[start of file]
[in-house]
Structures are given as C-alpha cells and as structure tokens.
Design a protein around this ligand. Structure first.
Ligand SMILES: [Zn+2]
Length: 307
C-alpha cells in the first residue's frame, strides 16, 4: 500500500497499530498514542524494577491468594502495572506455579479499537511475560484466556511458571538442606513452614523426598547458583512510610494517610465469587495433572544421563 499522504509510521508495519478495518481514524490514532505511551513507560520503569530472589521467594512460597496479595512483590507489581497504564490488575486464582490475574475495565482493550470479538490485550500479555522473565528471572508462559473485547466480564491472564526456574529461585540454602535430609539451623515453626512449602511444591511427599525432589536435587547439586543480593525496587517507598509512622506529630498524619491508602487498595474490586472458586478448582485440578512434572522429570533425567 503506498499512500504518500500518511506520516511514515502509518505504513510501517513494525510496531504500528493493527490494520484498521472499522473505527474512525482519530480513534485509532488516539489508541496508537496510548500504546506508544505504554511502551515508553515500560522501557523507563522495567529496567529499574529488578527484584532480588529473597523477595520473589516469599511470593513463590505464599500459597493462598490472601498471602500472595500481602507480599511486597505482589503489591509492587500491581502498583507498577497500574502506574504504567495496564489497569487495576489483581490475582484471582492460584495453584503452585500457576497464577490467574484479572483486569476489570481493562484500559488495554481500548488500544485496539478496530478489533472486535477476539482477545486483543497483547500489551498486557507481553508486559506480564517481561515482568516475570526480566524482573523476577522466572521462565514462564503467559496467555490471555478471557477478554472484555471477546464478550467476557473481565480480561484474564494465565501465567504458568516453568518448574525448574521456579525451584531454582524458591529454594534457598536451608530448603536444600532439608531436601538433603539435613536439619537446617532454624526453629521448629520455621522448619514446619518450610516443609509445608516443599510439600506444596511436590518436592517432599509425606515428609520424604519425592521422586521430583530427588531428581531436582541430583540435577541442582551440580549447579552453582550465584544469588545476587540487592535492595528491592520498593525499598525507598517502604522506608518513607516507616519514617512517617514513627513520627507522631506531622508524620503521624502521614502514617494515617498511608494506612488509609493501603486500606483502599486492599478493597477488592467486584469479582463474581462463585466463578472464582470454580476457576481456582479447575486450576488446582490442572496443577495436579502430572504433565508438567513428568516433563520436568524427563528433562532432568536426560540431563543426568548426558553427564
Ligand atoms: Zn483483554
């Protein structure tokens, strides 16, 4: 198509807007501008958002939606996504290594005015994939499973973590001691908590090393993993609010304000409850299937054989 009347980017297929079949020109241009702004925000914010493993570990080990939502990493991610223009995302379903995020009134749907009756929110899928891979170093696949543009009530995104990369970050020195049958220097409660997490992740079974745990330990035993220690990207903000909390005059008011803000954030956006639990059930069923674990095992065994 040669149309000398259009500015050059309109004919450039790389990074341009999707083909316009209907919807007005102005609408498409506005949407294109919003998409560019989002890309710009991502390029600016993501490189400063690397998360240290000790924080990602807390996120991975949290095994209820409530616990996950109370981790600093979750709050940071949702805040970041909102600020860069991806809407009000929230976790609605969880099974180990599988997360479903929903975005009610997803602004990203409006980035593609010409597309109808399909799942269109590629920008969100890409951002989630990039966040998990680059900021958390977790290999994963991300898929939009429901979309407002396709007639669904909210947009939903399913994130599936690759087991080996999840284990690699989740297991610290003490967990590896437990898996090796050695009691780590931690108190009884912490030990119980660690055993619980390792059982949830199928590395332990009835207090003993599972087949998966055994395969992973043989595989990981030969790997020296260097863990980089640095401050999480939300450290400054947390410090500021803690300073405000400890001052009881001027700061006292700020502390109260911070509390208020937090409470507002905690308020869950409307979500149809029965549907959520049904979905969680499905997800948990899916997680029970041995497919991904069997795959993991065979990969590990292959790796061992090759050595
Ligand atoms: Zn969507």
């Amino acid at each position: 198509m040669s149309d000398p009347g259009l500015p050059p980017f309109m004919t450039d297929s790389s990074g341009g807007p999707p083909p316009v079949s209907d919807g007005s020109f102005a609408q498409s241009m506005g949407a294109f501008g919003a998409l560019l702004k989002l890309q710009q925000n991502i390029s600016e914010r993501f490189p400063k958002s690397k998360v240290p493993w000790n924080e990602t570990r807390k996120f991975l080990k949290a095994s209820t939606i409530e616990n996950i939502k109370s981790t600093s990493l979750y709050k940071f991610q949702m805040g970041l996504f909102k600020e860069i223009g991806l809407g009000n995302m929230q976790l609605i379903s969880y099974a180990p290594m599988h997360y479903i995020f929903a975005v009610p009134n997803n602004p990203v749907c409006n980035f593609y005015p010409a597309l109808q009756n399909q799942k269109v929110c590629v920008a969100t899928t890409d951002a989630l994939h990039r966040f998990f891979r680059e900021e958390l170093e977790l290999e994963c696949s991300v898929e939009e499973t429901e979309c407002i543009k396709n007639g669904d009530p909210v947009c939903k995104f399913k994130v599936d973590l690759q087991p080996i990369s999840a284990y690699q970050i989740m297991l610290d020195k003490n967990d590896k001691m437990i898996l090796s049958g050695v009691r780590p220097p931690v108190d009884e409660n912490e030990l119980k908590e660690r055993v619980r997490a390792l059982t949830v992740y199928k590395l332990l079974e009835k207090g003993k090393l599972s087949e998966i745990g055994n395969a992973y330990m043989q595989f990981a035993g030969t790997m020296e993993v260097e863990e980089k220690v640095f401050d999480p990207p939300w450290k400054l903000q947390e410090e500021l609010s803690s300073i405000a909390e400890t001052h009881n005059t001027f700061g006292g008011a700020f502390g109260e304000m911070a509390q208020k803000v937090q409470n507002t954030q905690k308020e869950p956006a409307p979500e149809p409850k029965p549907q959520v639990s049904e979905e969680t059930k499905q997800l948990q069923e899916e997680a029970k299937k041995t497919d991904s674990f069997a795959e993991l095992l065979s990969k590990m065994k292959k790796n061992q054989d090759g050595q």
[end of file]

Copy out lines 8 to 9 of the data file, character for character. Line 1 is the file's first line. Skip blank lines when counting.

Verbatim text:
């Protein structure tokens, strides 16, 4: 198509807007501008958002939606996504290594005015994939499973973590001691908590090393993993609010304000409850299937054989 009347980017297929079949020109241009702004925000914010493993570990080990939502990493991610223009995302379903995020009134749907009756929110899928891979170093696949543009009530995104990369970050020195049958220097409660997490992740079974745990330990035993220690990207903000909390005059008011803000954030956006639990059930069923674990095992065994 040669149309000398259009500015050059309109004919450039790389990074341009999707083909316009209907919807007005102005609408498409506005949407294109919003998409560019989002890309710009991502390029600016993501490189400063690397998360240290000790924080990602807390996120991975949290095994209820409530616990996950109370981790600093979750709050940071949702805040970041909102600020860069991806809407009000929230976790609605969880099974180990599988997360479903929903975005009610997803602004990203409006980035593609010409597309109808399909799942269109590629920008969100890409951002989630990039966040998990680059900021958390977790290999994963991300898929939009429901979309407002396709007639669904909210947009939903399913994130599936690759087991080996999840284990690699989740297991610290003490967990590896437990898996090796050695009691780590931690108190009884912490030990119980660690055993619980390792059982949830199928590395332990009835207090003993599972087949998966055994395969992973043989595989990981030969790997020296260097863990980089640095401050999480939300450290400054947390410090500021803690300073405000400890001052009881001027700061006292700020502390109260911070509390208020937090409470507002905690308020869950409307979500149809029965549907959520049904979905969680499905997800948990899916997680029970041995497919991904069997795959993991065979990969590990292959790796061992090759050595
Ligand atoms: Zn969507």